EdVentures 2000: Teachers as Entrepreneurs
Almost all of the discussion of school choice is focused on parents being free to make a choice of schools and principals being free to make a choice of teachers for their schools. Little attention has been given to choices for teachers, the individuals who actually produce the education that everyone so desperately wants to see improved. Teachers want choices, too.
The choice that opens up most opportunities for teachers--as well as presenting the greatest challenges for them--is the prospect of becoming an entrepreneur.
More than 350 teacher-entrepreneurs gathered in Detroit recently for the EdVentures 2000 Conference, organized by the Association of Education Practitioners and Providers (AEPP).
A teacher's decision to become an entrepreneur is not an easy one, noted several speakers at the conference. For example, teacher unions routinely rail against the supposed evils of the private sector to discourage privatization efforts. That rhetoric is turned up a notch when the unions use it against school vouchers, maligning the motives of private-sector firms for "making a profit" from a child's education. That rhetoric creates a gross misperception of the private sector and how it works.
"Just because you're for-profit doesn't mean you're making money," noted opening speaker Thomas P. Jandris, of the Education Commission of the States. But it's also not a sin to do well while doing good, he added.
Jandris called for accountability systems that would report to taxpayers the “return on investment” they’re getting from education spending. But most educators, he noted, "have no idea what ROI is."
At first, many teachers are uncomfortable being associated with the private sector, noted Joshua Hirschstein of Lane Tutoring Services in Oregon. He pointed out that teachers have been led to believe motives in the private sector always are suspect and that people in business are just "greedy." Teachers are also uncomfortable being out of a classroom.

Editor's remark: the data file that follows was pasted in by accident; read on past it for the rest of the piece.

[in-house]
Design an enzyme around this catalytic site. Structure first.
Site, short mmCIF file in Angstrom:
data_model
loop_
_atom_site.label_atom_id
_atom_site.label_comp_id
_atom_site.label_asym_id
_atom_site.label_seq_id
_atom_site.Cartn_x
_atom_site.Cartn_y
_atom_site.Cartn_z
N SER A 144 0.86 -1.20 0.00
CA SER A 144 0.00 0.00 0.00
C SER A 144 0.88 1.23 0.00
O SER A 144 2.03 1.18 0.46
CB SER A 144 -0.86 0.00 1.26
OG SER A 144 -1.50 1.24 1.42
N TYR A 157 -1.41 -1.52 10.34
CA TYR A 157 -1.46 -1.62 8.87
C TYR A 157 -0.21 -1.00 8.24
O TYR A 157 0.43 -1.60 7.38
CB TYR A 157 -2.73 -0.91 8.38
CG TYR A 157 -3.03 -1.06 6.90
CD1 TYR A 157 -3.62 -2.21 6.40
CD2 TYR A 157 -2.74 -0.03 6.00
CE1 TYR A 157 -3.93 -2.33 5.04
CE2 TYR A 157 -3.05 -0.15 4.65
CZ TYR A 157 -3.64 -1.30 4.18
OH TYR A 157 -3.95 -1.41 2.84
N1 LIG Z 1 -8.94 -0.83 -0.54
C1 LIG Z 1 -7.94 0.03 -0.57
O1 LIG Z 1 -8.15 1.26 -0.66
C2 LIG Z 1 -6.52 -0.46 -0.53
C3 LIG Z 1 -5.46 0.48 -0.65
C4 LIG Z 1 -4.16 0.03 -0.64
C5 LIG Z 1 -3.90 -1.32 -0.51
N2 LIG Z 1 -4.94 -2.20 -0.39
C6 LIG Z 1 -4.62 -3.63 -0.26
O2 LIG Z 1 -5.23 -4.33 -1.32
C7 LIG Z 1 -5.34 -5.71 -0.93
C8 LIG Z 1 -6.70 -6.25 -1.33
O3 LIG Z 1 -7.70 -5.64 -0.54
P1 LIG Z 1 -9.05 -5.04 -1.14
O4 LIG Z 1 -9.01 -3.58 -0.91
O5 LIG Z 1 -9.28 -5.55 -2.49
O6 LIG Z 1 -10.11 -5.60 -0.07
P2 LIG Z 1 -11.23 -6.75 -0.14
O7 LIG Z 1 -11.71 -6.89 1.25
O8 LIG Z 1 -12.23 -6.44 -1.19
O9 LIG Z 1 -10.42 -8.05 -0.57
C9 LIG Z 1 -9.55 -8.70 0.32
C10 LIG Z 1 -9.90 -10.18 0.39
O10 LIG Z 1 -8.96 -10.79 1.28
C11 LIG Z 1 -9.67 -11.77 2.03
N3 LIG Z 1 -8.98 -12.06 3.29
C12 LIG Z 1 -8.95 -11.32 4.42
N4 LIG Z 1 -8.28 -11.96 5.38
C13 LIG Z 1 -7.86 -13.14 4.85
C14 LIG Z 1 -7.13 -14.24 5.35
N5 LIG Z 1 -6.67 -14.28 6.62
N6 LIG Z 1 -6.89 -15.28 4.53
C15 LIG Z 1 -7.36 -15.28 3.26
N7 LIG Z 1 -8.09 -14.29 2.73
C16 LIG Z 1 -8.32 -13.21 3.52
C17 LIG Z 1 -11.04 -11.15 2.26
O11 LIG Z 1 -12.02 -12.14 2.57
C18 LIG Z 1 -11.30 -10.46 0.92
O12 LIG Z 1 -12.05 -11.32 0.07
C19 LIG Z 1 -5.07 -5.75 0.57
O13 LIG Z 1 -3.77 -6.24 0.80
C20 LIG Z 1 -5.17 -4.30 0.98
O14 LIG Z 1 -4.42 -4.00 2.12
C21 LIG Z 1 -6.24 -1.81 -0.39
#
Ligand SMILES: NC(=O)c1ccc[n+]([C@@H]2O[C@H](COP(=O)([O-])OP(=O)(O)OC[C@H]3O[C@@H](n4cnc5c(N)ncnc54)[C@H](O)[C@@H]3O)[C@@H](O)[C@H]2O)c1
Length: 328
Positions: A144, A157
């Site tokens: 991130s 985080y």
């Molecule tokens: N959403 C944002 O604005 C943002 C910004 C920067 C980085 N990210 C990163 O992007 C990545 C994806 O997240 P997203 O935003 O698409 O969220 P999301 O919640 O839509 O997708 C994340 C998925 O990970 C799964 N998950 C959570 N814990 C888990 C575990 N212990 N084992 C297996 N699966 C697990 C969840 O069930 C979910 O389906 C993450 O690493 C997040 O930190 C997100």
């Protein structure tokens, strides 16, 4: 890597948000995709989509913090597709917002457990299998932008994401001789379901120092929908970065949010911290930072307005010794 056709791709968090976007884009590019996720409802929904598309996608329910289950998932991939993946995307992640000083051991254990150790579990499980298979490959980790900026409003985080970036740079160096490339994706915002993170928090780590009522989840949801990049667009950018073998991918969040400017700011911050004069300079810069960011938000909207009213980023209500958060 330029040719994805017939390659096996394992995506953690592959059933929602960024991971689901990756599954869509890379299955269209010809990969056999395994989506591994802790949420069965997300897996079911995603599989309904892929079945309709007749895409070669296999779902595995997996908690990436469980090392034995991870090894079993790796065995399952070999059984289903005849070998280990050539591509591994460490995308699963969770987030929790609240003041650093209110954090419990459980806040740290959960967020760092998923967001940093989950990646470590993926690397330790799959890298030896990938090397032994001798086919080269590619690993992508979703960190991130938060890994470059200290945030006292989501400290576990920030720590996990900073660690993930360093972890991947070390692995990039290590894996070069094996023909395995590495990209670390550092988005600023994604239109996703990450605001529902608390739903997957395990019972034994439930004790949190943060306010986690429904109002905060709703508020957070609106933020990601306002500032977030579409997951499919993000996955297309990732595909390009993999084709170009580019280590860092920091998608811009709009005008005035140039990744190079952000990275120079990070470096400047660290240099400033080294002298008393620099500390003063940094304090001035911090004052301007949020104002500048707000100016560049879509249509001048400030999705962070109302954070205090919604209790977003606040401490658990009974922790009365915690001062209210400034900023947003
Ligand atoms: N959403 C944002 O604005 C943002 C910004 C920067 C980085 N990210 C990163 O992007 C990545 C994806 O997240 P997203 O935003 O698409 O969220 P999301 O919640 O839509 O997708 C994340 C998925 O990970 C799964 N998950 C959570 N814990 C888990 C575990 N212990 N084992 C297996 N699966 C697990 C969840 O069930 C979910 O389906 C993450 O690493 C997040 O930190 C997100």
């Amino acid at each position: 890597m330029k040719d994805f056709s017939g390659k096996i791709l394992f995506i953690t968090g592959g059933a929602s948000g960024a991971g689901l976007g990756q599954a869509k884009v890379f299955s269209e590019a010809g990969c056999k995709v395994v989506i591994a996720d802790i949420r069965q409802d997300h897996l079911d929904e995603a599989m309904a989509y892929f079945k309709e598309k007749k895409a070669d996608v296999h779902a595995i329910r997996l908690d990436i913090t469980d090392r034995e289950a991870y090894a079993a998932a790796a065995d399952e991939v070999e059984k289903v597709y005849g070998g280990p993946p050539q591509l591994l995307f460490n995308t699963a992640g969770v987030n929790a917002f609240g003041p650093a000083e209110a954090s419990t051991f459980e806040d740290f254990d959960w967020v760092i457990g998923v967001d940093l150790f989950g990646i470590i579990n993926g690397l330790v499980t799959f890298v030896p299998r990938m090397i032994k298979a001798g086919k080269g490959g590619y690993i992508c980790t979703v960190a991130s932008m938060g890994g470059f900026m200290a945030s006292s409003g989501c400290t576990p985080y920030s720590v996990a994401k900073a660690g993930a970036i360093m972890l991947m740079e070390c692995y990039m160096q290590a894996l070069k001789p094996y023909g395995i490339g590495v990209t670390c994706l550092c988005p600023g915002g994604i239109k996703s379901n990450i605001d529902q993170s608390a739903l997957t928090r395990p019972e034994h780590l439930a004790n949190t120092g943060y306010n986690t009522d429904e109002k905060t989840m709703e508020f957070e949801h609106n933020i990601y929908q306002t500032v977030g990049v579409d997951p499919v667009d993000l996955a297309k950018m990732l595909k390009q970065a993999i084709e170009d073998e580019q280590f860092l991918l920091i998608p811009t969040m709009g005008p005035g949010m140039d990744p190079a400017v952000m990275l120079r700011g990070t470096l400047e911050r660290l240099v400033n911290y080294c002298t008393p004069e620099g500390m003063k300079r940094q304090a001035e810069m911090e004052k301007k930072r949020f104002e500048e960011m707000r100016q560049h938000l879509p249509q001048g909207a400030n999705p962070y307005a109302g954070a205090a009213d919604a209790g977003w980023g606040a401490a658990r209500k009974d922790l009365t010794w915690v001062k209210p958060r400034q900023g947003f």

"They've been in a classroom since first grade and now, at age 40, they're still in a classroom," said Hirschstein.
Some teachers in public schools are teaching children that making a profit is bad, according to Florida State Representative Jerry Melvin. On the other hand, Polly Broussard's organization, the Association of Professional Educators of Louisiana, promotes the idea of teachers working for themselves and holds up the model of the private practitioner in education as the "true professional."
Economist Michael Podgursky of the University of Missouri-Columbia pointed out that one in seven teachers works in a private school. While private schools have only 11 percent of total student enrollment, they make up almost 15 percent of teacher employment because of their lower student-teacher ratio. A further examination of teacher employment statistics revealed one-third of all teachers work either for a for-profit private firm, a nonprofit organization, or are self-employed.
"It's not a question of whether choice is coming for teachers," said Podgursky. "Choice is already here."
George A. Clowes is managing editor of School Reform News.